1/4 chopped fresh lemongrass (about 3 stalks, see Note)
1/4 cup chopped shallots or onion
1/3 cup chicken broth or water
2 tablespoons vegetable oil
1 teaspoon crushed dried red chili flakes
3 tablespoons chopped green onions
2 tablespoons chopped fresh cilantro
In a medium bowl, combine the chicken, soy sauce, and garlic, and stir to mix everything well. Set aside for 20 to 30 minutes (or cover and refrigerate for up to 1 day).In a small bowl, combine the Asian fish sauce, sugar, and salt, and stir well. In a blender or a small food processor, combine the lemongrass, shallots, and chicken broth or water. Blend to a fairly smooth puree, stopping to scrape down the sides and grind up any signifgant chunks of lemongrass.
Heat a large, deep skillet or a wok over high heat until very hot. Add oil and swirl to coat the pan. When a bit of green onion sizzles at once, scatter in the chicken and spread it out into a single layer. Let it cook for about 1 minute, until browned on one side and fragrant. Toss well and let cook until browned, about 1 minute more.
Add the lemongrass puree and toss well. Add the fish sauce mixture, toss well, and then cook, tossing occasionally, until the chicken is cooked through. Add the chili flakes and the green onions and toss well. Transfer to a serving plate, sprinkle with cilantro, and serve hot or warm. Serves 4 with rice and another vegetable dish or salad.
To prepare lemongrass, trim away the woody bottom end of 3 lemongrass stalks, to make a smooth base just under the bulge of the bulb. Cut away the grassy top portion, leaving a base about three inches long. Halve each stalk lengthwise, and then cut them very thinly crosswise into tiny pieces. Tumble the bits together, and then remove and discard any pieces which don’t have a purple tinge. (Purple color = flavor and aroma in lemongrass). You’ll need about 1/4 cup.
This recipe comes from Quick and Easy Vietnamese: 70 Everyday Recipes, by Nancie McDermott (Chronicle Books, 2006). Copyright @Nancie McDermott. All rights reserved.
So the question immediately arises: “Why are these called ‘White Mice’?” The immediate bit of knowledge is that no mice were ever harmed or even present in the making of these cookies. That name was on them when I copied down the recipe from ….somewhere…. in pencil, on a piece of typing paper from Daddy’s IBM Selectric which he kept at home for preparing his Sunday School lessons and working on work from work. Credit? Well, no, I did not note the source. Just wanted to make them. And I still do.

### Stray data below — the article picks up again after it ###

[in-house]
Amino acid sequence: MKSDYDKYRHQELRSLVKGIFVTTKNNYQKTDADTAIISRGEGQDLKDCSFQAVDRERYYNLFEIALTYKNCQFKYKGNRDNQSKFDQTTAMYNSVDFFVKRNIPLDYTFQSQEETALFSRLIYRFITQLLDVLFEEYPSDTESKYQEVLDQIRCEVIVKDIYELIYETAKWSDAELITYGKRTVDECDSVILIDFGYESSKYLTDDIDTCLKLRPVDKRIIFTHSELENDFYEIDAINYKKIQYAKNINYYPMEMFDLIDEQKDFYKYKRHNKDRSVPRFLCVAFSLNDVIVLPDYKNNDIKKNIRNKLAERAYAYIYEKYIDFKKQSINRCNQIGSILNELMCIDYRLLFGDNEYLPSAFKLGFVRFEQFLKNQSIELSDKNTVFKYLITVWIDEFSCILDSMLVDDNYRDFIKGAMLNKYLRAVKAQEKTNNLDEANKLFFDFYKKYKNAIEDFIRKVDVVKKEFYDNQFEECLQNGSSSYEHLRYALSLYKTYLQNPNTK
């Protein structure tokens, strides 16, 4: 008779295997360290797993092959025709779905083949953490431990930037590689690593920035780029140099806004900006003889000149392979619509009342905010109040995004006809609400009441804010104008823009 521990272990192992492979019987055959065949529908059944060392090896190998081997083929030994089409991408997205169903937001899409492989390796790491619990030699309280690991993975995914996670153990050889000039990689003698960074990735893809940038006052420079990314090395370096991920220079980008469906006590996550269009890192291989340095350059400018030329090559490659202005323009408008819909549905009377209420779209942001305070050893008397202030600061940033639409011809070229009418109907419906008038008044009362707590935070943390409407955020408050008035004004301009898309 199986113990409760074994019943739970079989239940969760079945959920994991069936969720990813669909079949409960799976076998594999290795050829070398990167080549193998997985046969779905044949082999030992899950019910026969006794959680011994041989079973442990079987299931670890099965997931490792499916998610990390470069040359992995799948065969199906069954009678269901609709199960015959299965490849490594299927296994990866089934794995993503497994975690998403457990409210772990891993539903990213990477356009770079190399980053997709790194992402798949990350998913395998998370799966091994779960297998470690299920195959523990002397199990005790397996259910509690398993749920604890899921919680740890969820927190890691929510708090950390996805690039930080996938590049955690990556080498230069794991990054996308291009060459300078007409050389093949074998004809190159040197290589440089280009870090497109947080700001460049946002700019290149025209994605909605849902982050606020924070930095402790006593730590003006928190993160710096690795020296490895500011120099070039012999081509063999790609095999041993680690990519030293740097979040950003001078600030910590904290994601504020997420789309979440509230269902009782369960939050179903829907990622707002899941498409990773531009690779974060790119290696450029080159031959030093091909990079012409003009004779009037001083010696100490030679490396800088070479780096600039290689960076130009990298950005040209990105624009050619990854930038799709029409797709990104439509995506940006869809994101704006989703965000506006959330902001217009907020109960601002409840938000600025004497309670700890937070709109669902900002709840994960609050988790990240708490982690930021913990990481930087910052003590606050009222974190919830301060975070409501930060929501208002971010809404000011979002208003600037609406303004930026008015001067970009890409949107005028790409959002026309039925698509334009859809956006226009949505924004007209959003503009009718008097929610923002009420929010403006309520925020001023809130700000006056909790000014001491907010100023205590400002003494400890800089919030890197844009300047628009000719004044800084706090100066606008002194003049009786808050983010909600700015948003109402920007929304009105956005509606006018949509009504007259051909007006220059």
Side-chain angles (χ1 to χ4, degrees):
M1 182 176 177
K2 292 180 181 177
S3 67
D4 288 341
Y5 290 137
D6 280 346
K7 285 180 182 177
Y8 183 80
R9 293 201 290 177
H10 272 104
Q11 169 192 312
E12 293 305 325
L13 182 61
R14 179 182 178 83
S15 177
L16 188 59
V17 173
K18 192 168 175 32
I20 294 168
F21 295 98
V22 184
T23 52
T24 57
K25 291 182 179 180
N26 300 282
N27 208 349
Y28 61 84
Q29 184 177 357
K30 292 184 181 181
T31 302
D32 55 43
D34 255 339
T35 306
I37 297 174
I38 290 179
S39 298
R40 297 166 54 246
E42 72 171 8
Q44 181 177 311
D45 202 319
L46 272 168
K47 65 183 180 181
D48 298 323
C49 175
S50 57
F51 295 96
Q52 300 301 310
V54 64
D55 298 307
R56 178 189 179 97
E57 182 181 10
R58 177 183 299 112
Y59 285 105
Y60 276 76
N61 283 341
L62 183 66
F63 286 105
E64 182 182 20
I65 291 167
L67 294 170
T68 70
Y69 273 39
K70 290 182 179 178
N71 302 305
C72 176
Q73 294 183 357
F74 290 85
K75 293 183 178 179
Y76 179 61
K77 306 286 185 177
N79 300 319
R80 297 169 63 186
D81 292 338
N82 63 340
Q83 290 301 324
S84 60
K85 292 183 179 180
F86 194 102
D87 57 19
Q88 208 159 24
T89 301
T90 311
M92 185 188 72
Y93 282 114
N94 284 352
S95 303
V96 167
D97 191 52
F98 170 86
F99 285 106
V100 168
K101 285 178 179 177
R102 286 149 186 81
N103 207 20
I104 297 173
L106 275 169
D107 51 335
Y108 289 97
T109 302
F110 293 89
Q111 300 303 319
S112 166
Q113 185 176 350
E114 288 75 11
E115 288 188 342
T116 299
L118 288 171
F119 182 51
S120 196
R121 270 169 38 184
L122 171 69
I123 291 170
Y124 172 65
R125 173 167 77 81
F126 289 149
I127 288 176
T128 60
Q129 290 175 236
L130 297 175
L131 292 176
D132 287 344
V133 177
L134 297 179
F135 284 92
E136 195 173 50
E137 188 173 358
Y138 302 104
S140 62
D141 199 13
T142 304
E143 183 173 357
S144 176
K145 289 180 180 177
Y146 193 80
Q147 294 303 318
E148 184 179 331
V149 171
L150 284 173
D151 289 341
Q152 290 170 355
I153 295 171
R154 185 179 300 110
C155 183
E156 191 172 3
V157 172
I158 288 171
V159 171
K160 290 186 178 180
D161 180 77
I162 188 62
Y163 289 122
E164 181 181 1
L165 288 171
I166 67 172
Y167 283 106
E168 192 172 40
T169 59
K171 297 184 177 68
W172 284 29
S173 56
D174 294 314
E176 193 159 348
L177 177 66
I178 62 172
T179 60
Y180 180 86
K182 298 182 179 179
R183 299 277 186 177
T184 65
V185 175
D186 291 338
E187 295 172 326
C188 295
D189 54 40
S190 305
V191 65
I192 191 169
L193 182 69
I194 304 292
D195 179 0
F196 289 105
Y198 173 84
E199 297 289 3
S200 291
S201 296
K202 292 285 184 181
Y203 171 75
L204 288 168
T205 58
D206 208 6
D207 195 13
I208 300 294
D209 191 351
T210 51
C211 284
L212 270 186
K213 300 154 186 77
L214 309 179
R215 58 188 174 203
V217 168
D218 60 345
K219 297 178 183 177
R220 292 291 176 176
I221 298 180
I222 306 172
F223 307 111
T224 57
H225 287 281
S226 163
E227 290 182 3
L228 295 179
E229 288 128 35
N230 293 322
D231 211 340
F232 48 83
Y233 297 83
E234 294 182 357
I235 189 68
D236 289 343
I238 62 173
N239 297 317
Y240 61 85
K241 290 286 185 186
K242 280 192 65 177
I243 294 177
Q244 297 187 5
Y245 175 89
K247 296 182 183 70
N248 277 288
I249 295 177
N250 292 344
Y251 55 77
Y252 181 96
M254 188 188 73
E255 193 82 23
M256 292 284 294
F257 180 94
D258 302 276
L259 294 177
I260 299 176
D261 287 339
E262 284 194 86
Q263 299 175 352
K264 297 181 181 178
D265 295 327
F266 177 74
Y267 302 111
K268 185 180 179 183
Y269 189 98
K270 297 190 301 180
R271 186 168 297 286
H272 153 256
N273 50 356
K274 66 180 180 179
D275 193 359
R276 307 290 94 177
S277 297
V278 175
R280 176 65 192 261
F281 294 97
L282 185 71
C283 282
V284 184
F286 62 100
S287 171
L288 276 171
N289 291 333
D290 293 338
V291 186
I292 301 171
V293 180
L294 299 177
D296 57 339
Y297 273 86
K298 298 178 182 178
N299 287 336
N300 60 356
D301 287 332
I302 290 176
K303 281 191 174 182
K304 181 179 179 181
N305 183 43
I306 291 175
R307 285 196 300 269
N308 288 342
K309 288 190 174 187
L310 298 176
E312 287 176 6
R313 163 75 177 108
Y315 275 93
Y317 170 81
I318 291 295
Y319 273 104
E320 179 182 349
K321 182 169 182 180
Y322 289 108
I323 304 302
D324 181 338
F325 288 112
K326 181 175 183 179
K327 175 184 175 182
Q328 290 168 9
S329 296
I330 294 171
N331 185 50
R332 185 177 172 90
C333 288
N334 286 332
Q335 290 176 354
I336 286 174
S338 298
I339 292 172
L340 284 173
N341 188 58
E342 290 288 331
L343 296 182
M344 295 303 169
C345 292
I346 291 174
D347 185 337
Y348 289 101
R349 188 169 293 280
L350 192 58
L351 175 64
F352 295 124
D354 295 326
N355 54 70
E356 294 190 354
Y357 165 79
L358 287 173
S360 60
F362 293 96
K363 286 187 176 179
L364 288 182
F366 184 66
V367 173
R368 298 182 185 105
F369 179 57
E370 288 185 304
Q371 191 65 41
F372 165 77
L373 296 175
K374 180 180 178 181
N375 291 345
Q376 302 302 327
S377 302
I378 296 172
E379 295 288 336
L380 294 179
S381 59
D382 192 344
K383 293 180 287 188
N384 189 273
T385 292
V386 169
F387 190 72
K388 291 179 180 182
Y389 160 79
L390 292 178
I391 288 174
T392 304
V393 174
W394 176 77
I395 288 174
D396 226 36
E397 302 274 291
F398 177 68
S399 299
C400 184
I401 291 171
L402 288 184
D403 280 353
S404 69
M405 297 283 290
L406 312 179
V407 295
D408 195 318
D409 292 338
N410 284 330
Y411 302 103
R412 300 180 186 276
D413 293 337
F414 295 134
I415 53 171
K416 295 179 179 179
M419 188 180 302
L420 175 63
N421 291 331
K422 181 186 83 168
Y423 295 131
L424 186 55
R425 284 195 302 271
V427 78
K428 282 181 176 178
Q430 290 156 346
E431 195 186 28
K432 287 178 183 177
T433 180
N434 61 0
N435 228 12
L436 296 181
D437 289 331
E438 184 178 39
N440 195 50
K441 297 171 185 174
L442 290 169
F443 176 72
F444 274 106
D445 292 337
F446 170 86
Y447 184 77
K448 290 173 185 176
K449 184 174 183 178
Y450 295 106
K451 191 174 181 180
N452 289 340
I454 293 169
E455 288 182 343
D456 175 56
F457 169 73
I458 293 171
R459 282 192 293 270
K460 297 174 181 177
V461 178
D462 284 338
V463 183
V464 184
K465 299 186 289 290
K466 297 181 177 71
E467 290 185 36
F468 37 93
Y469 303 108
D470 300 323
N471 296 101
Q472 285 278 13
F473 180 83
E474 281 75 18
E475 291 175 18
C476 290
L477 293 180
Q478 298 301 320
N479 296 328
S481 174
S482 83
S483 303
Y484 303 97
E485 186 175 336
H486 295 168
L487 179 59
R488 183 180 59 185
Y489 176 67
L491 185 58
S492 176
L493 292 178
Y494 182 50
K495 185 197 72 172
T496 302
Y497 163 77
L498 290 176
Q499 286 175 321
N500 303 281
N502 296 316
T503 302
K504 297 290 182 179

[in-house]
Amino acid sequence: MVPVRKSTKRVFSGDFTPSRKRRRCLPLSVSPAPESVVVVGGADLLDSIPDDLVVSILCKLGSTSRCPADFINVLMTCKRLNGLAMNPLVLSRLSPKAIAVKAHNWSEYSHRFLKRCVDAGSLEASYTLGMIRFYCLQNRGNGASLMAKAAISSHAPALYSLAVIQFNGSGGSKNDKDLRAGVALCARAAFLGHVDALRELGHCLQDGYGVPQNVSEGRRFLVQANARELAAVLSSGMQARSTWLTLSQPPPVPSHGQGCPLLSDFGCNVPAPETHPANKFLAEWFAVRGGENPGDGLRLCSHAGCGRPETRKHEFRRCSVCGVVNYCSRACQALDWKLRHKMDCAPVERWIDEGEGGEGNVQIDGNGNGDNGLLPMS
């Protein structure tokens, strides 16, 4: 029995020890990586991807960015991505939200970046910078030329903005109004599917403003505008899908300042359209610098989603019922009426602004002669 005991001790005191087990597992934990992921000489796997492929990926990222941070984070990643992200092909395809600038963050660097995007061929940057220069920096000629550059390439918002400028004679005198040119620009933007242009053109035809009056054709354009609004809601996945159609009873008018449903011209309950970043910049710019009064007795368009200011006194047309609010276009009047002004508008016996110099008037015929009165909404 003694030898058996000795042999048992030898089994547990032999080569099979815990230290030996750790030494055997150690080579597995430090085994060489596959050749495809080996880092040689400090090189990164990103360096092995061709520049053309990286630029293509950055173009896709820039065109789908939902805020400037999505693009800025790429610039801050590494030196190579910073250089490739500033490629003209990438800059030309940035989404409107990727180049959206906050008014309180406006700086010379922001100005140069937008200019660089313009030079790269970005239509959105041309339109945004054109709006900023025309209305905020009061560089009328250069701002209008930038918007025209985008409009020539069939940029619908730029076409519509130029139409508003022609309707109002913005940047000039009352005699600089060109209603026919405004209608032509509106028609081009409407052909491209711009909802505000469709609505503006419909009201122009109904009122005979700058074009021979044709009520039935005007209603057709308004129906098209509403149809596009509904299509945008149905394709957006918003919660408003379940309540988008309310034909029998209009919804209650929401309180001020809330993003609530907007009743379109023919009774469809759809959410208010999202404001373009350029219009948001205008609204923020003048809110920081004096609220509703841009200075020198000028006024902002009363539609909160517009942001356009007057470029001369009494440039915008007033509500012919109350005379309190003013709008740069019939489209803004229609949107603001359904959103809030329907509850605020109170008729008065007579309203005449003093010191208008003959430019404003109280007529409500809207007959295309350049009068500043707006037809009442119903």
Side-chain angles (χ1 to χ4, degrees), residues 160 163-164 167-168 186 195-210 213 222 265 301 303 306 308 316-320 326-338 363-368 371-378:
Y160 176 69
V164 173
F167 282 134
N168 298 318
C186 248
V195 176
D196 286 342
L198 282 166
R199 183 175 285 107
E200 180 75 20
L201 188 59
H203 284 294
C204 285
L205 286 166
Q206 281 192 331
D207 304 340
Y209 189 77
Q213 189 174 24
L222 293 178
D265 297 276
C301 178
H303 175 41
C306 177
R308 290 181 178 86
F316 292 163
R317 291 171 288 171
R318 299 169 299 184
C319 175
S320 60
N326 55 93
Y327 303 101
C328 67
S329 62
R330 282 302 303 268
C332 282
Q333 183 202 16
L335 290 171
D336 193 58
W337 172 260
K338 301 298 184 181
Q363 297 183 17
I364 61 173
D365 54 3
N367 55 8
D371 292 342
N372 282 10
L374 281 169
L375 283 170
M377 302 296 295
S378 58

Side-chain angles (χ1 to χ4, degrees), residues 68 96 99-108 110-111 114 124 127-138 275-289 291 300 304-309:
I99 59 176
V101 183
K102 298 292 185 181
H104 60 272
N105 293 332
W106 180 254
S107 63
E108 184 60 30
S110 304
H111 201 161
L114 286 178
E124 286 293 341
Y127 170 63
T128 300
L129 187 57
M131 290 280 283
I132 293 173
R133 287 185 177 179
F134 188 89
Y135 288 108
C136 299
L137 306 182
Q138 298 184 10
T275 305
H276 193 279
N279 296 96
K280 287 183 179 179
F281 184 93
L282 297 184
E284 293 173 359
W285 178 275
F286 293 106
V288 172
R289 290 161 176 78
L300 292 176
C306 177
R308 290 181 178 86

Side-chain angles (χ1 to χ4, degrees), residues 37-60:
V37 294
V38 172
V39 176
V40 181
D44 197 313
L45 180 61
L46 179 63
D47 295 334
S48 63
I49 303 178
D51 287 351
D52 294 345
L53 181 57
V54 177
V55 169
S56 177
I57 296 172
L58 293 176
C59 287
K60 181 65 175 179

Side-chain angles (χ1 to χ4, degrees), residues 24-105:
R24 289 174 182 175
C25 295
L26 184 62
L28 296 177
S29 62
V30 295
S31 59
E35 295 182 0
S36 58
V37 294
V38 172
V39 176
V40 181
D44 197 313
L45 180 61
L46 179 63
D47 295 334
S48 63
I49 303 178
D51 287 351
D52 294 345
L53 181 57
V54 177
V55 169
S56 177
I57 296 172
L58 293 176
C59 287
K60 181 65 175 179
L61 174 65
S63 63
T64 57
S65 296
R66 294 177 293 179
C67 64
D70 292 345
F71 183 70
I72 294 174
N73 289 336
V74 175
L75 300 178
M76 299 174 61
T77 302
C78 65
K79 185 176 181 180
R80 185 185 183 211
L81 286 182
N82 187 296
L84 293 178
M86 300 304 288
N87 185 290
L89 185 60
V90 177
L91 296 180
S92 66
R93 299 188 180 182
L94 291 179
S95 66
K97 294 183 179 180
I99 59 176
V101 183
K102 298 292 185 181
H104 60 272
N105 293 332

Once grown I realized they are a lot like what are called “Mexican Wedding Cookies”,which I adore as well. The idea of making them red and green instead of white as in White Mice probably came from me, but again, lost in the sands and winds of time. These are extremely easy to make, and delightful to eat. Not extra sweet, just sweet enough, and a sandy texture. I usually use pecans because, well, I’m from around here, but walnuts are wonderful too. This morning I used walnuts cause that’s what I had.
You can use a hand mixer. You can use a big stand mixer. You can also mix them up using a big spoon. Kid helpers are a huge plus with these. I have done it both ways, and I always remember why this is my very favorite Go-To Cookie to go to for cookie-pleasures. Here’s what to do:
White Mice Cookies
2 cups all purpose flour
1 cup finely chopped pecans or walnuts
1 cup butter, softened
1/3 cup sugar
1 tablespoon milk
2 teaspoons pure vanilla extract
Do this before you bake the cookies. It can be before you make the dough, or after you make the dough; that doesn’t matter. The dough can wait in the fridge for a day or two. Dough gets rolled into cookie balls, and these rolled in sugar, whether plain granulated, or colorful granulated sugar, right before baking each batch.)
About 1 ½ cups granulated sugar
Red food coloring
Green food coloring
Divide the sugar between two jars with lids. Add about 5 drops of red coloring to one, and green coloring to the other. Shake very well until the sugar is evenly colored. Transfer to a shallow bowl or pie plate and use to coat the cookies. Or use white granulated sugar.
Lightly grease one or two large cookie sheets and set aside. Heat the oven to 300 degrees F. In a medium bowl, combine flour and nuts and toss to mix well.
In a large bowl, combine butter and sugar. Using a mixer, beat at medium-high speed until they are evenly combined and well mixed. Add the milk and vanilla and beat them in well. Add the flour and nuts, and beat at low speed to combine everything evenly and well into a very firm dough. (You can use a big spoon, fork, and/or your hands to make this dough. Lots of jobs for helpers of any age).
Roll dough into 1-inch balls. Place sugar (either plain granulated sugar, or red and green colored sugar, see directions) in a pie pan or wide, shallow bowl, and roll to coat each one evenly and well with the sugar. Place 1 inch apart on cookie sheets. Bake at 300 degrees for 20 minutes. Carefully transfer to a wire rack and cool completely.
Makes 36 cookies (3 dozen)
Copyright Nancie McDermott 2012. All rights reserved.